In electronic music (and physics, in general), resonance occurs when a system’s inherent vibrational (kinetic) energy meets with the vibrational energy of another and small, regular stimulation within this space increases the joint amplitude of their frequency expression together.

Morgan wrote his first piece of music while living in Indonesia when he was 4 years old using a melodica his parents had picked up for him. The song was a story about giant eagles coming to eat a castle and all the people in it and because of this rather spectacular event, many, many people – fire trucks, police, kings, queens and townsfolk – all gathered to celebrate as the castle was devoured.

Morgan is also the son of an exiled Indonesian court dancer and free-spirited American writer and ship-builder, having grown up in an oil-financed beach colony on the coast of Borneo. He is also the great-grandson of a Dayak headhunting chief from Sarawak and a brutal military general from the plains of the Central United States and perhaps performs and lives as colonized and colonizer in one.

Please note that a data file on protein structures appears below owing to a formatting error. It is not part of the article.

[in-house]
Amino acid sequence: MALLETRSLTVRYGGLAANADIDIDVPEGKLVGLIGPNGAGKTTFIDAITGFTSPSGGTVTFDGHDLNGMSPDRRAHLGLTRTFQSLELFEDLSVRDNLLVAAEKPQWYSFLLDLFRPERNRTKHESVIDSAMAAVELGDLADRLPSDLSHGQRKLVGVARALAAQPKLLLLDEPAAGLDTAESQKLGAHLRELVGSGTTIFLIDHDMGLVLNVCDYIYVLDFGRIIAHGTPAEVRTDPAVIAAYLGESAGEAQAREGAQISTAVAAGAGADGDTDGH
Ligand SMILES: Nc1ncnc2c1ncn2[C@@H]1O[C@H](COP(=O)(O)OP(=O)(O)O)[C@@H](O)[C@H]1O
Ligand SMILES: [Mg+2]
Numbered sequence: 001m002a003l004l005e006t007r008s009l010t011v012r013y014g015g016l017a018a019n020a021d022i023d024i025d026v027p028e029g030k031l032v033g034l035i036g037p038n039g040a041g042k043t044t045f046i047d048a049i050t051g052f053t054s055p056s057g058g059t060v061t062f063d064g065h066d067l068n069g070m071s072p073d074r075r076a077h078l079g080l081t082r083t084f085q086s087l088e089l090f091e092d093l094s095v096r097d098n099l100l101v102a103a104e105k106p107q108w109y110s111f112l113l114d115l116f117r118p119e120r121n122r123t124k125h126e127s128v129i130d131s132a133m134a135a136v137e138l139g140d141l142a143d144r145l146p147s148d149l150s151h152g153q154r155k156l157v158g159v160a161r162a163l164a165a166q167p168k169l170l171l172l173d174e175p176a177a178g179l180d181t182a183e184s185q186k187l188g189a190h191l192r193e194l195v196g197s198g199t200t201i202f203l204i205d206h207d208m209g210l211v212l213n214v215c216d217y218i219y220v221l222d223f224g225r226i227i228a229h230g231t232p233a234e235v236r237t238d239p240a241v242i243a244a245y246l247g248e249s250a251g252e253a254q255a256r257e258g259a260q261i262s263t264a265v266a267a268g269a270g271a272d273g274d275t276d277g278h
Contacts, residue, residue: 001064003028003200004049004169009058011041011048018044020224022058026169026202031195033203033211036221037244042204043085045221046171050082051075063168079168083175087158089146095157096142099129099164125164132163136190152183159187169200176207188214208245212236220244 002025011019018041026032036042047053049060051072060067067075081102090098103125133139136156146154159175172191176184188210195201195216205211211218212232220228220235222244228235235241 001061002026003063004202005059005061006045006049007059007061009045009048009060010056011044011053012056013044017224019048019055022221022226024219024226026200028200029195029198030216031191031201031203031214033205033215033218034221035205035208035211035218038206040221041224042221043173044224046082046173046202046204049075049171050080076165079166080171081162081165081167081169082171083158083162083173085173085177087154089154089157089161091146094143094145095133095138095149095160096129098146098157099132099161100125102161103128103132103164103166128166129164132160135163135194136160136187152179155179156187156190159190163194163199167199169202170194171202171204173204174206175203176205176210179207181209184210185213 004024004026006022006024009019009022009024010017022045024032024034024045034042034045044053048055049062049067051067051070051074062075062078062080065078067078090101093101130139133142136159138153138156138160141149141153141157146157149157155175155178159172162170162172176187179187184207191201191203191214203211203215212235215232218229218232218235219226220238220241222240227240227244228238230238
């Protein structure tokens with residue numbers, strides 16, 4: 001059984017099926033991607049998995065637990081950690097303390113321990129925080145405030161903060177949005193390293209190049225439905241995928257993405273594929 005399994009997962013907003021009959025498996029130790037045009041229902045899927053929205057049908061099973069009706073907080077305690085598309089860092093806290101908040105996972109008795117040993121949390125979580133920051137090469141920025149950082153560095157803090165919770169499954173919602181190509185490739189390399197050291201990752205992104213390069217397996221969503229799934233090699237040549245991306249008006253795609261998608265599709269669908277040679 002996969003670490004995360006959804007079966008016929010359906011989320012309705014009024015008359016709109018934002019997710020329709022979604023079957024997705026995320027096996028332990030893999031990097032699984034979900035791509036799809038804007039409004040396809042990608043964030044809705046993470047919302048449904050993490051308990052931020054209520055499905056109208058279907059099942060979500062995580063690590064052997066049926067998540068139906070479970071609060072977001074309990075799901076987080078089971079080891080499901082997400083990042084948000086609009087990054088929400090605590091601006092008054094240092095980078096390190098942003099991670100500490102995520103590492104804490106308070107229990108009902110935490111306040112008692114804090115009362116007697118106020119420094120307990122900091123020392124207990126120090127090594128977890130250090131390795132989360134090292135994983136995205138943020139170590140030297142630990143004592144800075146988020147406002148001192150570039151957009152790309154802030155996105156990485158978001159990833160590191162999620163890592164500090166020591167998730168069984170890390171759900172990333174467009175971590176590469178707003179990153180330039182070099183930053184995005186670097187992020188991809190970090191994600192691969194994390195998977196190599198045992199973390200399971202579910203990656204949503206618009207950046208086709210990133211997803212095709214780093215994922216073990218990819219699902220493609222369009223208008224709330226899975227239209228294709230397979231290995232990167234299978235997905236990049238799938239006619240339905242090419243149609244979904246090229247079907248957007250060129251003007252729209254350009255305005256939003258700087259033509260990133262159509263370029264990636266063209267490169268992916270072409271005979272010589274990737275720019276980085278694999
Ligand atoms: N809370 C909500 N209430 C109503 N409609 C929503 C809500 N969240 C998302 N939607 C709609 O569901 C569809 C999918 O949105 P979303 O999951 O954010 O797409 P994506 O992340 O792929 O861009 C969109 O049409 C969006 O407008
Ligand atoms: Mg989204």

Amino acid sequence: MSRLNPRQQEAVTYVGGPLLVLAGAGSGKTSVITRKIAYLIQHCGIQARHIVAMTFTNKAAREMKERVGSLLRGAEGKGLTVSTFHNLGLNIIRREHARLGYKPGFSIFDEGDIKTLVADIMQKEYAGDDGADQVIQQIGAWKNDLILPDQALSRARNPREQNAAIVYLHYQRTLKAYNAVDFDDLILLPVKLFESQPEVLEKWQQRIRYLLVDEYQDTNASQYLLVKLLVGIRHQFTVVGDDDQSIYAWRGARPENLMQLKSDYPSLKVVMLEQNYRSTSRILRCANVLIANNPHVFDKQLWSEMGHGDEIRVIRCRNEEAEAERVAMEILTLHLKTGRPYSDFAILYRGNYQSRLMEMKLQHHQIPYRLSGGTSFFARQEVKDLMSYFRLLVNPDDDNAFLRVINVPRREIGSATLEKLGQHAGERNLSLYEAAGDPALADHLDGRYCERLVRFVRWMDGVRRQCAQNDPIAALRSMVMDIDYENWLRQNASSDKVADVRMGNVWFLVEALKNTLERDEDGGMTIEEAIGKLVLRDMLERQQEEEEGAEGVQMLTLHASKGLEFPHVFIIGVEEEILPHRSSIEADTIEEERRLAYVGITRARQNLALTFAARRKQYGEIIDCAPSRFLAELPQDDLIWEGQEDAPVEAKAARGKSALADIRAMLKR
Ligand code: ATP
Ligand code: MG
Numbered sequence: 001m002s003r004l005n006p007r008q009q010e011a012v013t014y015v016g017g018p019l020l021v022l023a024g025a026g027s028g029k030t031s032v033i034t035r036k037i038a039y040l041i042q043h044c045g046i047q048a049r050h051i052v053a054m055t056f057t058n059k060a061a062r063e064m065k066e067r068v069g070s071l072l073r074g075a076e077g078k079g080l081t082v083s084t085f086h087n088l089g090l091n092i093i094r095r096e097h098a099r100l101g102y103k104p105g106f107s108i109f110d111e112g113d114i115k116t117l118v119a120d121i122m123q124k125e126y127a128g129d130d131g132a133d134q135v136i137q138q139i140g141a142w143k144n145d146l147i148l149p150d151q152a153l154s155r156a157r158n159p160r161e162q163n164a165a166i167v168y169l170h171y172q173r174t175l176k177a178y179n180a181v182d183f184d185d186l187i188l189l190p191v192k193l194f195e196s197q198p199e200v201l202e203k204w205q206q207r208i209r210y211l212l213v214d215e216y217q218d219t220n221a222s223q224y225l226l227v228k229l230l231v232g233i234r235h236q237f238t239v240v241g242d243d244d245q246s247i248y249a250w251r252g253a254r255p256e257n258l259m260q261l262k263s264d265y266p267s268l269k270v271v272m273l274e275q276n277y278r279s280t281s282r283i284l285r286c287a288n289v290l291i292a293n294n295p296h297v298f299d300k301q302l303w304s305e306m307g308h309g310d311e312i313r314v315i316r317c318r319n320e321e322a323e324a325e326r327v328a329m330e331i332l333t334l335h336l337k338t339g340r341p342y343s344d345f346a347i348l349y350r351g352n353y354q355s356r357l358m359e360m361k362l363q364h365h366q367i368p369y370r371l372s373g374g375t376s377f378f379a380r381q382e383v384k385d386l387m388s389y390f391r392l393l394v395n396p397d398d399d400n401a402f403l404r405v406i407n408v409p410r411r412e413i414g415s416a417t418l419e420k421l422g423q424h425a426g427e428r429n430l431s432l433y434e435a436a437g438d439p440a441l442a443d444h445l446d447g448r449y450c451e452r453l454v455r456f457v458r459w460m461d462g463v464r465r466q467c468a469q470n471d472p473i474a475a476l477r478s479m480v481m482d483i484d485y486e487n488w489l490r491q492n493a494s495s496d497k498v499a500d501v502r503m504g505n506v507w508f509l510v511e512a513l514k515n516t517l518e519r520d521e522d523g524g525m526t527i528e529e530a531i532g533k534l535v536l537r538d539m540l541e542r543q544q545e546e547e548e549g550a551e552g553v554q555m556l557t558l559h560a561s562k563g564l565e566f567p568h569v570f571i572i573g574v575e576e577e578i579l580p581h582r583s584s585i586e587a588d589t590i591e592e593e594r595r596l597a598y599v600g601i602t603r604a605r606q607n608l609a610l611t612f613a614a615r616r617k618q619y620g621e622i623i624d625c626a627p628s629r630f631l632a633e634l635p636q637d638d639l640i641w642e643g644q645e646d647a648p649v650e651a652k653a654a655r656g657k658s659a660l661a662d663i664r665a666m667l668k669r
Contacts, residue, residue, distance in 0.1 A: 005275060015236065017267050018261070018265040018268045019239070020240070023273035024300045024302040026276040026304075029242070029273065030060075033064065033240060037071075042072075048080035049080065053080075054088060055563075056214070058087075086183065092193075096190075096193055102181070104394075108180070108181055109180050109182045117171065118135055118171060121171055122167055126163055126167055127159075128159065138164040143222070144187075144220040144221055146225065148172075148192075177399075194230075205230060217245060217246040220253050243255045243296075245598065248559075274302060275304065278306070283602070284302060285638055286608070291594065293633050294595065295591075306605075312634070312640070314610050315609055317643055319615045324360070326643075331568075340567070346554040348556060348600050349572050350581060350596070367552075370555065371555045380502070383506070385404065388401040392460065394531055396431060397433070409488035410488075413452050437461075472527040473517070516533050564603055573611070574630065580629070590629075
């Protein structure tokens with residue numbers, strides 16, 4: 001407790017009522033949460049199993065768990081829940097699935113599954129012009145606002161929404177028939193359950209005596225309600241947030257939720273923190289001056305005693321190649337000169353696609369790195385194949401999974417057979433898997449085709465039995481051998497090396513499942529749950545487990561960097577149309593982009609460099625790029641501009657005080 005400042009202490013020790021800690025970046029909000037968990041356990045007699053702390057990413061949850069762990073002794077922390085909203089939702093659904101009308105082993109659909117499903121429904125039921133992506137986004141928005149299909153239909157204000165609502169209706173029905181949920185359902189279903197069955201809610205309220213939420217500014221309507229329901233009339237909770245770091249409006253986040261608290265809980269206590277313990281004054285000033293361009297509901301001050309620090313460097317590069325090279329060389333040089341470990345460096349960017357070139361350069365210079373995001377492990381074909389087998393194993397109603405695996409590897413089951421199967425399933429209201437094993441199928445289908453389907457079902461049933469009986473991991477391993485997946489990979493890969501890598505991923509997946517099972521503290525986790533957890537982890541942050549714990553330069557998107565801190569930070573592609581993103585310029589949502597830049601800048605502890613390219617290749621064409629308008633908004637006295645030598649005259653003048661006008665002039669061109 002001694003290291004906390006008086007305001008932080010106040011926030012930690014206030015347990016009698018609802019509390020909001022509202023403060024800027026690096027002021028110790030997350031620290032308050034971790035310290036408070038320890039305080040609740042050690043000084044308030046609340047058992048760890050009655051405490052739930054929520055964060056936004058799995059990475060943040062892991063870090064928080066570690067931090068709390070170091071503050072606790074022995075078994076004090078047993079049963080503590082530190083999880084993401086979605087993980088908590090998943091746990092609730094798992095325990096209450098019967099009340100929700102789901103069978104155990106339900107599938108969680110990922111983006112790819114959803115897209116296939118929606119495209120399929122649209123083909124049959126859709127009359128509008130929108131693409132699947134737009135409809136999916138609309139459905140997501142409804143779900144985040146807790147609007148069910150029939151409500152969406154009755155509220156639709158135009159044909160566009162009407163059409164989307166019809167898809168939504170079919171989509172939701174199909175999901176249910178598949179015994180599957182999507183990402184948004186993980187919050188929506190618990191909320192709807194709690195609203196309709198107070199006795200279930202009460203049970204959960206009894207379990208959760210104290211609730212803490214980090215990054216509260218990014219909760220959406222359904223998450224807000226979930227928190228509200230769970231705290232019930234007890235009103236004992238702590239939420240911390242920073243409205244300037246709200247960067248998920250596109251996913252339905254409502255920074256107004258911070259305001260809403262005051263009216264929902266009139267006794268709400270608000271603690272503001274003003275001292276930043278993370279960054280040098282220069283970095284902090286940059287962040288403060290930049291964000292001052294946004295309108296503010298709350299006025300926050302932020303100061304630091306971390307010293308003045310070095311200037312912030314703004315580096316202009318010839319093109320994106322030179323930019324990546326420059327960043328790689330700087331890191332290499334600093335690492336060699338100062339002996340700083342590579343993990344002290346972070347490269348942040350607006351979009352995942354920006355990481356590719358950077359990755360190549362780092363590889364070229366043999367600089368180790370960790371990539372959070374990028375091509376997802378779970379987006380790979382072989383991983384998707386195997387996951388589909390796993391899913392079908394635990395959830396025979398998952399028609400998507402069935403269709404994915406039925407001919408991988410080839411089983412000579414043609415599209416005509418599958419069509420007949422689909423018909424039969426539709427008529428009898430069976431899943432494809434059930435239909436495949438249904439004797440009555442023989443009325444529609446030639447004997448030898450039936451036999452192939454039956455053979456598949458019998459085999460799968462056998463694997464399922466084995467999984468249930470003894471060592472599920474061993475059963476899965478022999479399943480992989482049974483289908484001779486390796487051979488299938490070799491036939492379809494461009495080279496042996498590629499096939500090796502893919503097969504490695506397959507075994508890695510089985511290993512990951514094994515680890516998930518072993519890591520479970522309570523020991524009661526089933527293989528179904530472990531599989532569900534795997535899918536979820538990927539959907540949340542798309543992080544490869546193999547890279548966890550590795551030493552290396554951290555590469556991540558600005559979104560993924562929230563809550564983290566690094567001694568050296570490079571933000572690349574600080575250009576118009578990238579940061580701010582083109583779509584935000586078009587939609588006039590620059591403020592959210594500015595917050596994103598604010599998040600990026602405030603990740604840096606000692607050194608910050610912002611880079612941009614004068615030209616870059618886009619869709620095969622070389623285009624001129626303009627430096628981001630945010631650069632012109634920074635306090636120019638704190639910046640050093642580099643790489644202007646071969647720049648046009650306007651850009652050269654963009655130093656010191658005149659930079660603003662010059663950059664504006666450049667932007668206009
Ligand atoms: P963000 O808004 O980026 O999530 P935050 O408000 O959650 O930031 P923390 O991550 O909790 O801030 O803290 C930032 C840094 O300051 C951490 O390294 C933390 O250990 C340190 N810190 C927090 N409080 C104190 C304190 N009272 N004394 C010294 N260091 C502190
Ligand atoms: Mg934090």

After being smuggled from Borneo to live in a plantation owner’s house in Hawaii, Morgan continued experiencing the dual-sonic realities of traditional Javanese gamelan music with Western songs from blues, pop, folk and other Americana. As English was the main language spoken wherever home was, many of the lyrics for Indonesian songs were lost in his journey Eastward towards Europe.

Picking up the sound cultures of techno, dub, punk and other club musics, much of Morgan’s practice lies in searching out and harmonizing resonances between these histories.  It is however, the ineffable shimmer of the gamelan which echoes in his restless search for new harmonies between the many connected enclaves and music(s) he has learned from along the way.

The gravitations of community, space and sound and embodiments of ‘between two’ are what inform his sound and musical practice.